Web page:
The list of systems that data center operators report using to manage their data center infrastructure often includes a building management system, an assortment of equipment-specific monitoring and control systems, possibly an IT asset management program and quite likely a series of homegrown spreadsheets and reports. But they also report that they don’t have access to the information they need. All too often, the data required to effectively manage a data center operation is captured by multiple isolated systems, or worse, not collected at all. Accessing the data necessary to effectively manage a data center operation continues to be a significant challenge in the industry.

At every level, data and access to data are necessary to measure data center performance, and DCIM is intrinsically about data management. In 451 Research’s DCIM: Market Monitor Forecast, 2010-2015, analyst Greg Zwakman writes that a DCIM platform, “…collects and manages information about a data center’s assets, resource use and operational status.” But 451 Research’s definition does not end there. The collected information “…is then distributed, integrated, analyzed and applied in ways that help managers meet business and service-oriented goals and optimize their data center’s performance.” In other words, a DCIM platform must be an information management system that, in the end, provides access to the data necessary to drive business decisions.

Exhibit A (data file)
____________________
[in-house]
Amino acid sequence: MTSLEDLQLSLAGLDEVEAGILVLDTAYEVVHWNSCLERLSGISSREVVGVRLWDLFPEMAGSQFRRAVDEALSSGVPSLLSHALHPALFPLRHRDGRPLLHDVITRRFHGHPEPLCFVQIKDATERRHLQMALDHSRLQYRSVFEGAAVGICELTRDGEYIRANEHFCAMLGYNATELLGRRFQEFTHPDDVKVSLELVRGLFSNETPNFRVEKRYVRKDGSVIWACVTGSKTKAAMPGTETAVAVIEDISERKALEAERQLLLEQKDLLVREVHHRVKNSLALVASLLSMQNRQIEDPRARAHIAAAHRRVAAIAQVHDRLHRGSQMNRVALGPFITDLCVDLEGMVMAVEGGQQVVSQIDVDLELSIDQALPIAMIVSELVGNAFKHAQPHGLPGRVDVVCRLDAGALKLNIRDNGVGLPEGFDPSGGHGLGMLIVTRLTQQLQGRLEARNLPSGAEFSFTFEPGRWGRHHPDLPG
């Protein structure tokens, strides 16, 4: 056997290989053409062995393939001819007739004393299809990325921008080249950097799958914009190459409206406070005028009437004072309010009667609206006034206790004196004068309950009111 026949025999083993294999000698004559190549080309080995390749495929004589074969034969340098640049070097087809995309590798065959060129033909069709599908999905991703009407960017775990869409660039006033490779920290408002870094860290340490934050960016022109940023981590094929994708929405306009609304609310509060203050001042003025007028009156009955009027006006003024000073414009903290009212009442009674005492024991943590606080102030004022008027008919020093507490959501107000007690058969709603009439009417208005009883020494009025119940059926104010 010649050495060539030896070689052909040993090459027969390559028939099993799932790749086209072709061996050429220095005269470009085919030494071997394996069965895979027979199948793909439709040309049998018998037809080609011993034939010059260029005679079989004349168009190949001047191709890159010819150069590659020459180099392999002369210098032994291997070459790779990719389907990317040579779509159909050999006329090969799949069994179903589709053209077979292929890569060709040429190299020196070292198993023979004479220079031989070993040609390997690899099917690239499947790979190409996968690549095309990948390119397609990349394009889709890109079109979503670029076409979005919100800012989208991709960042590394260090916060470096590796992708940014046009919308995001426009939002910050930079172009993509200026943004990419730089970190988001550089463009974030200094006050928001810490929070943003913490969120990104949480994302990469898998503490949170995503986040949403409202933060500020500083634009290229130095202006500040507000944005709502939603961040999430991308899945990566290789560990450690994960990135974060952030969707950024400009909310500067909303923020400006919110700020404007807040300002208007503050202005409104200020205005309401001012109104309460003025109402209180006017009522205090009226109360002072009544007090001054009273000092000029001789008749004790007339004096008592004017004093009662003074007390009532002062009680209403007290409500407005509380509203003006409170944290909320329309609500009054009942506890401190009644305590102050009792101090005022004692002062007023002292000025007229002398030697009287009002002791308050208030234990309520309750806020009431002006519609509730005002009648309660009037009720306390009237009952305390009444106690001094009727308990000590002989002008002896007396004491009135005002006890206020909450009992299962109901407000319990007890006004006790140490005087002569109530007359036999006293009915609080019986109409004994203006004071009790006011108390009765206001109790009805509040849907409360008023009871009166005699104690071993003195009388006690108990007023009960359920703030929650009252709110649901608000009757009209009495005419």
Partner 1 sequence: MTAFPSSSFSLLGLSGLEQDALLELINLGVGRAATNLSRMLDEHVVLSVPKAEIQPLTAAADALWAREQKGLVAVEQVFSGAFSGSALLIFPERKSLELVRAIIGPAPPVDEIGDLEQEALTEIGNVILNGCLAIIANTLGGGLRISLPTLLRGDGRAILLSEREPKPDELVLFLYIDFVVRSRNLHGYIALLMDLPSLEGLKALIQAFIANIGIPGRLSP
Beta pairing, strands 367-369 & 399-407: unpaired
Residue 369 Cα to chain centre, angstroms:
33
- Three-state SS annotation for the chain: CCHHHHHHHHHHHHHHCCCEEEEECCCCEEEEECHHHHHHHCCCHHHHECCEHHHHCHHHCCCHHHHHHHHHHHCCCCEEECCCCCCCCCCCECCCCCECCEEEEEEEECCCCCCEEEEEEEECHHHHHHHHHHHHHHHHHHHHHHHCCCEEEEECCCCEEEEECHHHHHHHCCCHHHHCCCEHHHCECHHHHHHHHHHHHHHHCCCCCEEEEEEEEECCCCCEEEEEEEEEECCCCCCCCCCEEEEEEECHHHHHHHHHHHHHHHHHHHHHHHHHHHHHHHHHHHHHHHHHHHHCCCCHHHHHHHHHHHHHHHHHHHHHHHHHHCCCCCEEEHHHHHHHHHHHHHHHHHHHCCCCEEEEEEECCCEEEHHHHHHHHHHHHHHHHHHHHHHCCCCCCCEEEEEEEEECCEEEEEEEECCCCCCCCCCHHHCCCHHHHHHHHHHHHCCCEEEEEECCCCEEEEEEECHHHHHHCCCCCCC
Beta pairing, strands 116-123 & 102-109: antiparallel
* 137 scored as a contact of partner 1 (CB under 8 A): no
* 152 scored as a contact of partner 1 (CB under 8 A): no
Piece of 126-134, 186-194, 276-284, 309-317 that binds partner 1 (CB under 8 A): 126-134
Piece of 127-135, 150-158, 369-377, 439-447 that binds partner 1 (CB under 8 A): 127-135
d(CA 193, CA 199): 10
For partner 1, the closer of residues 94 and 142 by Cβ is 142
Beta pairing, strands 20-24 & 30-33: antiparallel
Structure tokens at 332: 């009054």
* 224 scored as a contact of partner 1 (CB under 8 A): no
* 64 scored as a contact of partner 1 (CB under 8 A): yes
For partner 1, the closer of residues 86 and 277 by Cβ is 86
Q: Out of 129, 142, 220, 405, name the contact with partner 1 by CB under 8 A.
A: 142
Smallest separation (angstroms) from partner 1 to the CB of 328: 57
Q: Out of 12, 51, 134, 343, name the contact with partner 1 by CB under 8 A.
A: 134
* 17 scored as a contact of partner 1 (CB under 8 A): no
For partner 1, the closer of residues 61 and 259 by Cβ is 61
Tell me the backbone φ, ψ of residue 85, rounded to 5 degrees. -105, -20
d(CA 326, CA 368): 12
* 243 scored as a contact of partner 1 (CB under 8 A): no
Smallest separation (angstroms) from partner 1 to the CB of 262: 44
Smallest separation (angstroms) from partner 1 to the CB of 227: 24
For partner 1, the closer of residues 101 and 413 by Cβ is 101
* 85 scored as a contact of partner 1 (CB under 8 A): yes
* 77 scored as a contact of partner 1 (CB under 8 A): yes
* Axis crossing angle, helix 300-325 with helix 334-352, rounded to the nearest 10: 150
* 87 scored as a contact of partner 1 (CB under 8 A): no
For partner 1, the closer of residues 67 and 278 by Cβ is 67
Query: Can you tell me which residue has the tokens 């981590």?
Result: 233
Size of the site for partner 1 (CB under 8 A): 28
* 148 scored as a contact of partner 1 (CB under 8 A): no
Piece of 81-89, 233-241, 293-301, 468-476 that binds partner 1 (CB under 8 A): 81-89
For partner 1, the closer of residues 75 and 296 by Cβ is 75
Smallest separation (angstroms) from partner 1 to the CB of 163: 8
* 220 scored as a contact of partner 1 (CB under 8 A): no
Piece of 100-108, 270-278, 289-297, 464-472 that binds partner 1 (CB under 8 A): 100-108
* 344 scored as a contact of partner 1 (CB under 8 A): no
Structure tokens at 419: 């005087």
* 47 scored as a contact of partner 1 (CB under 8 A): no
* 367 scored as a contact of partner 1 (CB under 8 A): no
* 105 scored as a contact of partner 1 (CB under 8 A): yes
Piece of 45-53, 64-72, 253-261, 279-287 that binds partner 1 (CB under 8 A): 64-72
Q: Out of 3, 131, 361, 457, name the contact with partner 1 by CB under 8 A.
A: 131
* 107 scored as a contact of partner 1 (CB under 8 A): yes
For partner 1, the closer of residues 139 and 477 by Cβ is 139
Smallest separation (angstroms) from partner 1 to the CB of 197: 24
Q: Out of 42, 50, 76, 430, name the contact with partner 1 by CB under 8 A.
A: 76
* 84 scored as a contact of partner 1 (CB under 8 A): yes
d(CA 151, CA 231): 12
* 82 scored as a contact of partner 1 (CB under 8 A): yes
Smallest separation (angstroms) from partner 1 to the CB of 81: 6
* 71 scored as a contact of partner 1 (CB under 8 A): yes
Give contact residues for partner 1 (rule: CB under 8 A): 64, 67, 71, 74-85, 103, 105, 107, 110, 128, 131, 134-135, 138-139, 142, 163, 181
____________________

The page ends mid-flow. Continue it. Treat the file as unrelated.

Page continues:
Over the years, Digital Realty successfully deployed both commercially available and custom software tools to gather operational data at its data center facilities. Some of these systems provide continuous measurement of energy consumption and give our operators and customers a variety of dashboards that show energy performance. Additional systems deliver automated condition and alarm escalation, as well as work order generation. In early 2012 Digital Realty recognized that the wealth of data that could be mined across its vast data center portfolio was far greater than current systems allowed.